Breda has surrendered

Breda, North Brabant, The Netherlands

Breda has fallen! This phrase was said many times throughout history, in different languages and periodically taking turns between the besiegers and the besieged.

And what is Breda? Breda is a small town in the south of the Netherlands, in the province of North Brabant and very close to the Belgian border.

The name «Breda» is probably familiar to many people, even if they don’t know exactly why. Some may go a step further and be able to associate it with the painting «Las Lanzas» by Diego Velázquez, some may also remember certain scenes from the film «Alatriste».

The reality is that at the time of visiting the city my references are the same, with the addition of some comments from friends who have already visited it.

View of one of Breda’s canals with its terraces.

Not knowing exactly what I was going to find, I took the train from Brussels, and after about an hour and a half’s journey I arrived in Breda.

We have referred to «Las Lanzas» by Velázquez. This masterpiece by the Sevillian painter, also known as «The Surrender of Breda», depicts the surrender of the city in 1625.

It should be remembered that, at that time, the Eighty Years’ War (1568-1648) was in full swing, with periodic conquests and reconquests by both sides, the Spanish Monarchy and the Dutch rebels. The city was in Dutch hands, and after 11 months of siege, General Spinola won one of his most important victories, surrendering the city. The heroism of the Dutch in defending the city and their bravery led to Spanish recognition; it is this moment, in which Spinola meets Justino de Nassau (defender of the city), that Velázquez intends to capture in his famous painting.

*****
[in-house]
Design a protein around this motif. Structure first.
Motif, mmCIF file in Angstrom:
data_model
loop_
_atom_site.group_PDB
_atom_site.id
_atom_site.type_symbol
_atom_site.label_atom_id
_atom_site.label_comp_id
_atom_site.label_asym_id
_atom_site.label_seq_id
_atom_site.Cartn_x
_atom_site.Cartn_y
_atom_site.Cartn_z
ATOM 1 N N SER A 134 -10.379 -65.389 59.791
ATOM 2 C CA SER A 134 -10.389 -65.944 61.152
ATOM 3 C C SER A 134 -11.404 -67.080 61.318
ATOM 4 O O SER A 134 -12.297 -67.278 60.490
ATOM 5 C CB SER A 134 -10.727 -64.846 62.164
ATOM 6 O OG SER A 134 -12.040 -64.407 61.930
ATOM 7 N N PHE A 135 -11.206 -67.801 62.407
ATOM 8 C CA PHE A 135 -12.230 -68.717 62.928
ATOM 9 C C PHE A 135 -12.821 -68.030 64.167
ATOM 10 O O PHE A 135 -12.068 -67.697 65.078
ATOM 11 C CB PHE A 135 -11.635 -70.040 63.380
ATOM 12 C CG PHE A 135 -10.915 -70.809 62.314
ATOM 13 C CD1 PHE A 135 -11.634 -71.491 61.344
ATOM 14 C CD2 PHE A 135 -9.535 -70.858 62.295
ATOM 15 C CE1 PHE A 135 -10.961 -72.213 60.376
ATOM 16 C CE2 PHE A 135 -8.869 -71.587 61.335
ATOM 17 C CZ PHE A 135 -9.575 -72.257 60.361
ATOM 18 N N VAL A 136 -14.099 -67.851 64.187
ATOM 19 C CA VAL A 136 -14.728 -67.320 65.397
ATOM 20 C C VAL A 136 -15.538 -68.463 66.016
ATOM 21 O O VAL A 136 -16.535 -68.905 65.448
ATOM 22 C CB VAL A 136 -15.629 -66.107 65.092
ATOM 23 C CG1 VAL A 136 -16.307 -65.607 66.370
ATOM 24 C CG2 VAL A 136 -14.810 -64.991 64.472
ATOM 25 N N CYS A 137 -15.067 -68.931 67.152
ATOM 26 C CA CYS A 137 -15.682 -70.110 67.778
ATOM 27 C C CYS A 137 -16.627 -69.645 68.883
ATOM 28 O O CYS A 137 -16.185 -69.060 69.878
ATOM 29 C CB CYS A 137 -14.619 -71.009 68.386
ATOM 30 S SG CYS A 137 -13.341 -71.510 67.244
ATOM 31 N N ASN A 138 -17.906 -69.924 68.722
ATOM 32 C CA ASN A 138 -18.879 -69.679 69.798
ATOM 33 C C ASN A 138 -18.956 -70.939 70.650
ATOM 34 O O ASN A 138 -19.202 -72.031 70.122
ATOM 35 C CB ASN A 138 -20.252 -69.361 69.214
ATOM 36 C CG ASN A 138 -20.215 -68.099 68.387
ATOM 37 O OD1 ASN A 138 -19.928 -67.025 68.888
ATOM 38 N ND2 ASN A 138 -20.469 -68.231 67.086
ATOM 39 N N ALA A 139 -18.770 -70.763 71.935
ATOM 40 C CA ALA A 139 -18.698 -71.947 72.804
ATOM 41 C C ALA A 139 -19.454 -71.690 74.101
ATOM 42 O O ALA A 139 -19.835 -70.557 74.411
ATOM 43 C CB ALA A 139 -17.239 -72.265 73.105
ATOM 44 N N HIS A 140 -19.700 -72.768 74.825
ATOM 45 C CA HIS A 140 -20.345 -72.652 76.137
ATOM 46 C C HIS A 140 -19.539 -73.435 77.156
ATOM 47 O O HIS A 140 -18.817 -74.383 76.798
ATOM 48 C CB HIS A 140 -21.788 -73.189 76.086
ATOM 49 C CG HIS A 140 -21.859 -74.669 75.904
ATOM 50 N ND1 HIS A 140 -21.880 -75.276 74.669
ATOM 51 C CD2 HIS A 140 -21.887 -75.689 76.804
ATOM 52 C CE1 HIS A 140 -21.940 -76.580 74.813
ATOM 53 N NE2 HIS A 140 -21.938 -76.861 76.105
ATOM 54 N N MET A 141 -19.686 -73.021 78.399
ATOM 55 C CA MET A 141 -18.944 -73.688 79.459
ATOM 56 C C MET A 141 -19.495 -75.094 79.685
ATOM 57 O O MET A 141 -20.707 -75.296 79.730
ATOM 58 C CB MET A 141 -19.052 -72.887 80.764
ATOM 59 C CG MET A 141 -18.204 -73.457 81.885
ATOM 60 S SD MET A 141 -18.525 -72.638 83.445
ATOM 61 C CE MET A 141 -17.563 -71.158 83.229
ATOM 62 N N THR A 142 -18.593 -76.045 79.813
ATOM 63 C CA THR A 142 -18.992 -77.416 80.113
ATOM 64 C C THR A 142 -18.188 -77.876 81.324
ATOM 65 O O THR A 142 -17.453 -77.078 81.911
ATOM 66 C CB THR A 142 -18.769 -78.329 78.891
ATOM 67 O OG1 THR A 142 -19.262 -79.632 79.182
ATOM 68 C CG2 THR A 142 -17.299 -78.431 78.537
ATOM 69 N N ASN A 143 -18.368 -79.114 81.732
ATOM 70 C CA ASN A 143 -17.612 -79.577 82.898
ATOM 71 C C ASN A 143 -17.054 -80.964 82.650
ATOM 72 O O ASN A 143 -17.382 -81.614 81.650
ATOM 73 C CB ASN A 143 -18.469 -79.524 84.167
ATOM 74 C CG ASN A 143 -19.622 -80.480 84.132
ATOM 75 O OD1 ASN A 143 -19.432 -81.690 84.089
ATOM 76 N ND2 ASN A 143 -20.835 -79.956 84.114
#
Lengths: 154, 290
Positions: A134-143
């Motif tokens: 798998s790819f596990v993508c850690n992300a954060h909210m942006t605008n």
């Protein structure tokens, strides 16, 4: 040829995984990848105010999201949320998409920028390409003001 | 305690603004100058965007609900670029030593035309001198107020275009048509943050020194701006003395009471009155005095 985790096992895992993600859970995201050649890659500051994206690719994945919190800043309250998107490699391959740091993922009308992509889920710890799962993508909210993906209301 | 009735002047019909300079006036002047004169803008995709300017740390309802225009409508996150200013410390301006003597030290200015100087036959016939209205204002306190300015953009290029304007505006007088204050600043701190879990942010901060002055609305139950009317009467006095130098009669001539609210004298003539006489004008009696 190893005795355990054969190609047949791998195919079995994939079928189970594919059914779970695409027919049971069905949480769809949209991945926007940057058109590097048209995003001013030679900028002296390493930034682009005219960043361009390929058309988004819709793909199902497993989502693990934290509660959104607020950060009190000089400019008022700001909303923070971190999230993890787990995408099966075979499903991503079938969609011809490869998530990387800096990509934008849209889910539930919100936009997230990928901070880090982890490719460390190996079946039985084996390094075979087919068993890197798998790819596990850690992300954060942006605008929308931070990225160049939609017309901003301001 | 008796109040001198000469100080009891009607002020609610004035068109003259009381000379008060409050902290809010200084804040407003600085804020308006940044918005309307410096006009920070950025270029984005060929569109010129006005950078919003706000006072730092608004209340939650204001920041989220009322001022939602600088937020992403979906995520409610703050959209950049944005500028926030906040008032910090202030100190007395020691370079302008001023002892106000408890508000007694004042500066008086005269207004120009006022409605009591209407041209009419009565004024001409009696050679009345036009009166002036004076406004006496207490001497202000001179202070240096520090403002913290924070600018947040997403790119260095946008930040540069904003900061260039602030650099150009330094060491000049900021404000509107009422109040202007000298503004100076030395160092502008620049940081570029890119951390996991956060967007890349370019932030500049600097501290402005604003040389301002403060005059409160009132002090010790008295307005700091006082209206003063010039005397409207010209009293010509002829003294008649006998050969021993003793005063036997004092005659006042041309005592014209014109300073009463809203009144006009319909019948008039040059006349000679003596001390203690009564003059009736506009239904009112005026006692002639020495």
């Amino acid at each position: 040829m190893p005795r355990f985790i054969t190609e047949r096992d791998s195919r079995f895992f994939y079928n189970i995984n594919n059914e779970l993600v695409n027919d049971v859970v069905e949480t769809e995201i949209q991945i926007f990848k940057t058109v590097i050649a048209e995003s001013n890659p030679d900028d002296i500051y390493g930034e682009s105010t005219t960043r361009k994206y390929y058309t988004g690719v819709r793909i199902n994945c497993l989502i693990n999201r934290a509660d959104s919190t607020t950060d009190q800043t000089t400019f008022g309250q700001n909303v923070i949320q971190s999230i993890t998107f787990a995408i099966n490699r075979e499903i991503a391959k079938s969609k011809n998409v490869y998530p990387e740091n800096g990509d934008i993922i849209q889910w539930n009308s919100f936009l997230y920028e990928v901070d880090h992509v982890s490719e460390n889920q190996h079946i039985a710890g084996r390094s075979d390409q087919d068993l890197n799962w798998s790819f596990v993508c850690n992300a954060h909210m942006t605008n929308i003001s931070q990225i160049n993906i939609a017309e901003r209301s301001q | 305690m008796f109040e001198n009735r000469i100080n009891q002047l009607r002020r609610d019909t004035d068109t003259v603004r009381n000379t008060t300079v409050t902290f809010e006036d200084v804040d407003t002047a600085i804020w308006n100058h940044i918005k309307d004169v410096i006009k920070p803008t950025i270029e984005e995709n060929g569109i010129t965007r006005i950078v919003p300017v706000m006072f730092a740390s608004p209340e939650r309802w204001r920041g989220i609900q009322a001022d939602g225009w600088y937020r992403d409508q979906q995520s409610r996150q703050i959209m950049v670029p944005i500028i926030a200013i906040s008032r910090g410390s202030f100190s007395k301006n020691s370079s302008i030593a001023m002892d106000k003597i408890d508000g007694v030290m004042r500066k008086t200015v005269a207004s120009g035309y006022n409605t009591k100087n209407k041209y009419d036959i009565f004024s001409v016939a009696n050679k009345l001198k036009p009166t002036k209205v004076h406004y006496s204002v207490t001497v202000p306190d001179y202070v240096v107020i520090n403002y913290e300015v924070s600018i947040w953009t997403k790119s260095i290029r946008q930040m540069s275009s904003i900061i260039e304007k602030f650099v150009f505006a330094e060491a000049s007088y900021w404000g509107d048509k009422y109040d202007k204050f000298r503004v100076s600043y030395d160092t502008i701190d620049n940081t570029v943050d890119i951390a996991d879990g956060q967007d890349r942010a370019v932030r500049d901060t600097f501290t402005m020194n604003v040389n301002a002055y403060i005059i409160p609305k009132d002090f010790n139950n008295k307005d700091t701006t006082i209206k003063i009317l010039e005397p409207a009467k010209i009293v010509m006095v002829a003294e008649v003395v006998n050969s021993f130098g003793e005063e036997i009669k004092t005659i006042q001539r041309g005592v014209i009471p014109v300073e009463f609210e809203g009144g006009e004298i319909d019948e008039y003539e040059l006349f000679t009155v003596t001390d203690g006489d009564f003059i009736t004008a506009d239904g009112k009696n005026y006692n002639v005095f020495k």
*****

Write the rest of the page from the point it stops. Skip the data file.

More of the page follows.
But as I said at the beginning of the article, Breda changed hands many times. The main sieges took place in 1577, 1581, 1590 and finally 1637, when Spain abandoned it for last.

A city with so much history behind it is a great attraction for me. So I set out to visit it and see if there is anything left of that era. And the truth is that something did remain, and that Spain was here too.

I need to focus again on Velázquez’s painting. Given the enormous number of war events in which Spain was involved, what is it that made it precisely the capture of Breda that the painter wanted to immortalise? The fact is that the painting had a certain «marketing» component, in the terms of the time. Spain was already in decline, and a victory such as Breda served to inflame the national spirit in the face of a situation that was already foretelling the end of Spain’s presence in Dutch Flanders.

I arrive at the station and the first thing I do is to ask for a map at the tourist office, which is right next door. A few metres from the station and crossing one of the canals that surround (and surrounded in 1625) the city, I arrive at a large park called Valkenberg Park. It is a hot summer day, and many people take the chance to come to the park, where several animals, mainly barnyard animals, come and go.

After crossing the park, you reach the heart of the city, the historic centre. There are several museums, and I visit the Protestant Cathedral, the Grand Place, the Walloon Church and Breda Castle. However, it is not possible to enter as it is now a military area (or so I understood from the signs in Dutch).

Vista de la torre de la Catedral de Breda